If you are sick and plan to seek care, please call before going in for care so arrangements can be made to prevent exposing others. For urgent medical needs, call 911; be sure to inform them if you have been exposed to anyone with COVID-19.

The Governor authorized the state of emergency by verbal proclamation last night at 8:14 pm, and confirmed the executive order in writing this morning.

"This news is concerning for all Oregonians, but my resolve and that of my administration to address this public health crisis is unchanged," Brown said. "This emergency declaration gives the Oregon Health Authority and the Office of Emergency Management all the resources at the state's disposal to stem the spread of this disease. We will do everything it takes, within our power and in coordination with federal and local officials, to keep Oregonians safe."

Brown's emergency declaration allows OHA to activate reserves of emergency volunteer health care professionals, bringing online auxiliary medical professionals to work with local health authorities to identify and contain new cases of COVID-19 in Oregon.

The declaration additionally grants broad authority to the State Public Health Director, OHA, and the Office of Emergency Management, which will allow the agencies to take immediate action and devote all available state resources towards containing the coronavirus in Oregon.

The state of emergency will remain in effect for 60 days, but can be extended until the public health threat of the coronavirus is contained.

Oregon Association of Hospitals and Health Systems Statement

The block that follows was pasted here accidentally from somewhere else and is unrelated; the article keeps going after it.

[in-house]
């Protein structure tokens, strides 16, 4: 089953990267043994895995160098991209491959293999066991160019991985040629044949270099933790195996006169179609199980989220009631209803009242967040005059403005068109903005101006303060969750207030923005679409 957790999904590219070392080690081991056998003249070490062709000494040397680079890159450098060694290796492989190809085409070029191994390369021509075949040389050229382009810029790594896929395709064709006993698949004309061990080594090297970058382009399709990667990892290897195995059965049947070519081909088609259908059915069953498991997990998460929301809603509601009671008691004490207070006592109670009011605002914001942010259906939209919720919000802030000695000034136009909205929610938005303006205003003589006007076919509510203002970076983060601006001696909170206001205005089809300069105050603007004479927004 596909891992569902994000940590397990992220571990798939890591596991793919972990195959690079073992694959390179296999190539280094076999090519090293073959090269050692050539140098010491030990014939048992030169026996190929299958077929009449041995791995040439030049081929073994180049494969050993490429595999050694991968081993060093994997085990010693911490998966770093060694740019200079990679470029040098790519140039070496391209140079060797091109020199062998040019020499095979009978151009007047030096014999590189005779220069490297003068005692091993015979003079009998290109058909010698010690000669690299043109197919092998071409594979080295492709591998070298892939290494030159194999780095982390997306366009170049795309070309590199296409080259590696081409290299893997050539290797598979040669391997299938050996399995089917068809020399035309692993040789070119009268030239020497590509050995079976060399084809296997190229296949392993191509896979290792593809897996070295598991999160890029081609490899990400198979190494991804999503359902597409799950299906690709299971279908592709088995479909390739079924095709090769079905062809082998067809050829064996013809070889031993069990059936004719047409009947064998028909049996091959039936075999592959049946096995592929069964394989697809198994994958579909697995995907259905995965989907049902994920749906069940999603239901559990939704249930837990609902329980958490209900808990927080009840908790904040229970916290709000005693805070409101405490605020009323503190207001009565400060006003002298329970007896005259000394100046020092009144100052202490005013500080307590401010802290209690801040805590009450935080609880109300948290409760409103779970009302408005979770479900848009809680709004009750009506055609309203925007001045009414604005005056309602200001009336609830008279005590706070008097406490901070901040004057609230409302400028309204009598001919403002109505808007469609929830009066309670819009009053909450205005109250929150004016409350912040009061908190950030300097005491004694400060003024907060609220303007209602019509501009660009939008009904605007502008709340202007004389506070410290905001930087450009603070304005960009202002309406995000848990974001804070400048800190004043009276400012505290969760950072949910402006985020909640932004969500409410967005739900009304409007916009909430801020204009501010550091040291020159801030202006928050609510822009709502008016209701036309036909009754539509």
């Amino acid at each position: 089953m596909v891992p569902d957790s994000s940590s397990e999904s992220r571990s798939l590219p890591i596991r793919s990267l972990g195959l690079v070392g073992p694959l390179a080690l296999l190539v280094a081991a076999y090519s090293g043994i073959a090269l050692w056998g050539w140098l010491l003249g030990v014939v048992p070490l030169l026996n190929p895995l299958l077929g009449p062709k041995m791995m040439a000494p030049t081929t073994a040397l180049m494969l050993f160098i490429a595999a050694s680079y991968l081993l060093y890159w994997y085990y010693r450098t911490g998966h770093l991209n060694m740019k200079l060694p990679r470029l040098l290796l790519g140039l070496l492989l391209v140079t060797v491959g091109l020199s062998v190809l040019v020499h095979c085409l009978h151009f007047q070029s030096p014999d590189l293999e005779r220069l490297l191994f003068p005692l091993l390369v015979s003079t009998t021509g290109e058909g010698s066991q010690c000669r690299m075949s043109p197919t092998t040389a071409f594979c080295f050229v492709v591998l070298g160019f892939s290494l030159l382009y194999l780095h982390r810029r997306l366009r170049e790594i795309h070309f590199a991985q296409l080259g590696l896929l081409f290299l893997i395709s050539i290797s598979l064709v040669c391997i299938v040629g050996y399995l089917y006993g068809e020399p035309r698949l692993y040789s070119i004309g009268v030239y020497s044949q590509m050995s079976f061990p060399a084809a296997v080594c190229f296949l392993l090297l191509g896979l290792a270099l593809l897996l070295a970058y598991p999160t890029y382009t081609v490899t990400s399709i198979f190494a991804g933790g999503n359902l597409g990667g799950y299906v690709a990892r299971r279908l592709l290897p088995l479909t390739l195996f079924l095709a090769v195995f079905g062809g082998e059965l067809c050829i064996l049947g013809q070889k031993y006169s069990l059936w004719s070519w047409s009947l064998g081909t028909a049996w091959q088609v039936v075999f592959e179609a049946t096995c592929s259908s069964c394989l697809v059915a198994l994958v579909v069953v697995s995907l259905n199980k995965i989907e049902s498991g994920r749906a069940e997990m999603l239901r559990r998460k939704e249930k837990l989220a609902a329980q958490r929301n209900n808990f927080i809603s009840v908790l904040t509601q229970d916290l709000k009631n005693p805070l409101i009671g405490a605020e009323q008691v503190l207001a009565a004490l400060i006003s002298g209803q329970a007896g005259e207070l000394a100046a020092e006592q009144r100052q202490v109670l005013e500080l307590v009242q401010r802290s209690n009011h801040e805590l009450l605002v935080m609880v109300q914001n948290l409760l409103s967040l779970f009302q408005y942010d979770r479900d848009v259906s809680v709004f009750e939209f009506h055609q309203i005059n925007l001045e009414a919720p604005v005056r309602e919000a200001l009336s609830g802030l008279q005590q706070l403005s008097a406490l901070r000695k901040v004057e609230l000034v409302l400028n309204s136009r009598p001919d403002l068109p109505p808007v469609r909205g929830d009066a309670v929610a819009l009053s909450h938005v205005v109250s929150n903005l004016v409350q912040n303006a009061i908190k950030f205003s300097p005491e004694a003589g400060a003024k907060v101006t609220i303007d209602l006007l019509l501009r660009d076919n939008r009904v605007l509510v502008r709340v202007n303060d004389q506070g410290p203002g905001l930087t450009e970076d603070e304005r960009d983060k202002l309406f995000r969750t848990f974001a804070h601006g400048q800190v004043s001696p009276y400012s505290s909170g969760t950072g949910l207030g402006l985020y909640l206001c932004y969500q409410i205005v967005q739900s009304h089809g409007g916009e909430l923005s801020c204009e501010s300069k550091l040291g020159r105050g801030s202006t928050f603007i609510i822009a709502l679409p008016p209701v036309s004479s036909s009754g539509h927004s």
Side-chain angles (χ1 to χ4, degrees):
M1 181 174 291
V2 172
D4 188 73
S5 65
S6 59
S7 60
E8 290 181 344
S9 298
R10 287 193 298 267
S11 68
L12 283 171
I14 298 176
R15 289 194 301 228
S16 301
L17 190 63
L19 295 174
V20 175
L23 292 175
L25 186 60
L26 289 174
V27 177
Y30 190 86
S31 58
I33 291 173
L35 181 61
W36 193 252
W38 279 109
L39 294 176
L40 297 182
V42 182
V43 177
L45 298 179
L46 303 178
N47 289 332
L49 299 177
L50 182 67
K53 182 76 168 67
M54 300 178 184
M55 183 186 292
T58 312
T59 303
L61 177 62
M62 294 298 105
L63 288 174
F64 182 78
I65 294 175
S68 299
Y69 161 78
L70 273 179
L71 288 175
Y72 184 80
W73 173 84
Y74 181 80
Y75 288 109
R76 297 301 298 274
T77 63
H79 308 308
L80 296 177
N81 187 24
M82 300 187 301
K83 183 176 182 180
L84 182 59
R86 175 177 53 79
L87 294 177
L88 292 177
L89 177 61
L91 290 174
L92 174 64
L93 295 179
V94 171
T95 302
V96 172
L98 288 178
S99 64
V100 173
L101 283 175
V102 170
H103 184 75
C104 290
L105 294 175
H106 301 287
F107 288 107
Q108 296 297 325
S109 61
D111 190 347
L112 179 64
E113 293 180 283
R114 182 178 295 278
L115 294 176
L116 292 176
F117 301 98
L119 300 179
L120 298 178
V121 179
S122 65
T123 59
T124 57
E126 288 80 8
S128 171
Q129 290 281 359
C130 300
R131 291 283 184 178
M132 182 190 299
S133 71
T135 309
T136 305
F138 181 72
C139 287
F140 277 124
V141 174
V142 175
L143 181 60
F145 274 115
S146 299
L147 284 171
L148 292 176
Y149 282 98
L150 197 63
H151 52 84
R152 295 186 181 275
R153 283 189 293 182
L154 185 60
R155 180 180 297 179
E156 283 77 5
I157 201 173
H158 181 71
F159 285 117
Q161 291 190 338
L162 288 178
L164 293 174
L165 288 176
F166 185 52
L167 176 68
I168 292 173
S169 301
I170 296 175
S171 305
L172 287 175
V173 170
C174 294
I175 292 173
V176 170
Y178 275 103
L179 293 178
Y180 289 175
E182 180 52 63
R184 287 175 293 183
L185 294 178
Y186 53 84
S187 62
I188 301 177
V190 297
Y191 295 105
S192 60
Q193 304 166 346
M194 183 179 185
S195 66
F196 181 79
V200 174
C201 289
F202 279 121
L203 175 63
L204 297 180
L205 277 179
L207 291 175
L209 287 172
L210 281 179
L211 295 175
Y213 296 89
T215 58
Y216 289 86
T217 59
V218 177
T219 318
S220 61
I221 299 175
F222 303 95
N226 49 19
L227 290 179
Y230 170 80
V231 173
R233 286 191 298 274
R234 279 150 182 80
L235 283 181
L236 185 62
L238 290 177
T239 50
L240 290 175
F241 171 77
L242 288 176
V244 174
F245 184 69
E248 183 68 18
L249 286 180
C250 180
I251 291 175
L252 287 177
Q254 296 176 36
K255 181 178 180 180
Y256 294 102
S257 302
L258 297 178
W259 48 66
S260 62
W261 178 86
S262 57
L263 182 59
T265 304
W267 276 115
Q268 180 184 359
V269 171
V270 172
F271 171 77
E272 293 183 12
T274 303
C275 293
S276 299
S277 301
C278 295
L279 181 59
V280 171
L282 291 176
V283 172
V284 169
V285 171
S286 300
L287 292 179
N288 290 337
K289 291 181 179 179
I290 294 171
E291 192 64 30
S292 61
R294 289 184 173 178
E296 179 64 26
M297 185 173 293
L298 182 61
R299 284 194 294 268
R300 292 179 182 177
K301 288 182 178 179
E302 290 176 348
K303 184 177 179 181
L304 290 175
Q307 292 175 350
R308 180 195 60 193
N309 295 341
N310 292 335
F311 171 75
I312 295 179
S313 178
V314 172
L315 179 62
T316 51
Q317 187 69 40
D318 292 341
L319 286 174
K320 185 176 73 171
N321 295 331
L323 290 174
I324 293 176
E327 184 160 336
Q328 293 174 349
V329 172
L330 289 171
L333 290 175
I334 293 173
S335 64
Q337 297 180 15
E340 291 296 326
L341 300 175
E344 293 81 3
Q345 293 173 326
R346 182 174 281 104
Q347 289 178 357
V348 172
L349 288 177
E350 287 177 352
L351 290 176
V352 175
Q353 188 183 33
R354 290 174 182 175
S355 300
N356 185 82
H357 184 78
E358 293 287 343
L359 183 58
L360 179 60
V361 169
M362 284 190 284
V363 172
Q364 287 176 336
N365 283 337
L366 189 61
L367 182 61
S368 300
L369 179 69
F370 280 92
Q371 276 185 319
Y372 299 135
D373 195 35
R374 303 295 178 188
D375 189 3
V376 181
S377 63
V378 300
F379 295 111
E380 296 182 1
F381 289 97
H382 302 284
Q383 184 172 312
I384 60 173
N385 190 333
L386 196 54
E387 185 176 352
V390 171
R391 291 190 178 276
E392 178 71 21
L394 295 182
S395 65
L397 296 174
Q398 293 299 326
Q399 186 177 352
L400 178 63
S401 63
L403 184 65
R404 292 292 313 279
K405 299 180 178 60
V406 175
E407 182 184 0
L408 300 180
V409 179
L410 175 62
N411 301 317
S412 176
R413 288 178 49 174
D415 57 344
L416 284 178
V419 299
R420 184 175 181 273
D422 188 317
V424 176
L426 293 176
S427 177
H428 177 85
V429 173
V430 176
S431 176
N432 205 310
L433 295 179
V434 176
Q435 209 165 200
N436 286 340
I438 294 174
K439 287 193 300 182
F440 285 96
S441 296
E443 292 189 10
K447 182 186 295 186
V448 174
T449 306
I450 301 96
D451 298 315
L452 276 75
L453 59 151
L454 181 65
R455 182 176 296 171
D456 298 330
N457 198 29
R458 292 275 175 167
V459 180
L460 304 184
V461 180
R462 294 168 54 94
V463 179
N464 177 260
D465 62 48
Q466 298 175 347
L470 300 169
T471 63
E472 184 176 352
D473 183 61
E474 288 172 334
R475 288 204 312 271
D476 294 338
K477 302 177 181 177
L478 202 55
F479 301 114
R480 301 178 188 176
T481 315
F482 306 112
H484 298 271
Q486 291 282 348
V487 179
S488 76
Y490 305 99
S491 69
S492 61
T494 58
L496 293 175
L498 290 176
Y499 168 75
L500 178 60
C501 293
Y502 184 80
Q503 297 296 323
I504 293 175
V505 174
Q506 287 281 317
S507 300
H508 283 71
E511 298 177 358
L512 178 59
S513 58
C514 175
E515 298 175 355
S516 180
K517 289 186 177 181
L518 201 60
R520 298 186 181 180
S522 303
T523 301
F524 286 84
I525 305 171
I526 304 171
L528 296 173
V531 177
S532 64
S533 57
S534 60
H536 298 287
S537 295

The President and CEO of the Oregon Association of Hospitals and Health Systems (OAHHS), Becky Hultberg, released the following statement regarding Governor Brown’s declaration of a State of Emergency due to the outbreak of COVID-19.

“By declaring a state of emergency, the Governor and the Oregon Health Authority Director are taking necessary steps to bring state government’s broad powers to respond to the outbreak of COVID-19 in Oregon.

We support the Governor’s leadership in taking this step and support any additional actions to prepare and respond to this outbreak, particularly her focus on at-risk populations – older adults, those with underlying health conditions, and the unhoused. OAHHS and our member hospitals are in regular communication with the administration and local health departments to deliver accurate information and quality care to our patients and the public.

Hospitals are on the front lines responding to the outbreak and are committed to providing critical inpatient and community health services to respond to this evolving situation. We are working with the state administration to address important issues such as inpatient capacity, additional supplies and equipment to keep our workers and patients safe, regulatory relief to ensure adequate staffing and clarity around changing requirements.

We look forward to addressing these issues as we continue to fulfill our responsibilities around public health, infection prevention and disease management.”

OAHHS represents Oregon’s 62 acute care hospitals and works on behalf of the patients they serve to promote community health and to continue improving Oregon's innovative health care system.

For more information

  • OHA Coronavirus page
  • Jackson County Health Department Coronavirus page
  • Klamath County Health Department Coronavirus page
  • Washington County Department of Health and Human Services Coronavirus page
  • CDC COVID-19 page
  • CDC travel notices
  • World Health Organization (WHO) COVID-19 page

Follow this developing story here online and in the Wednesday print editions of The Chronicle.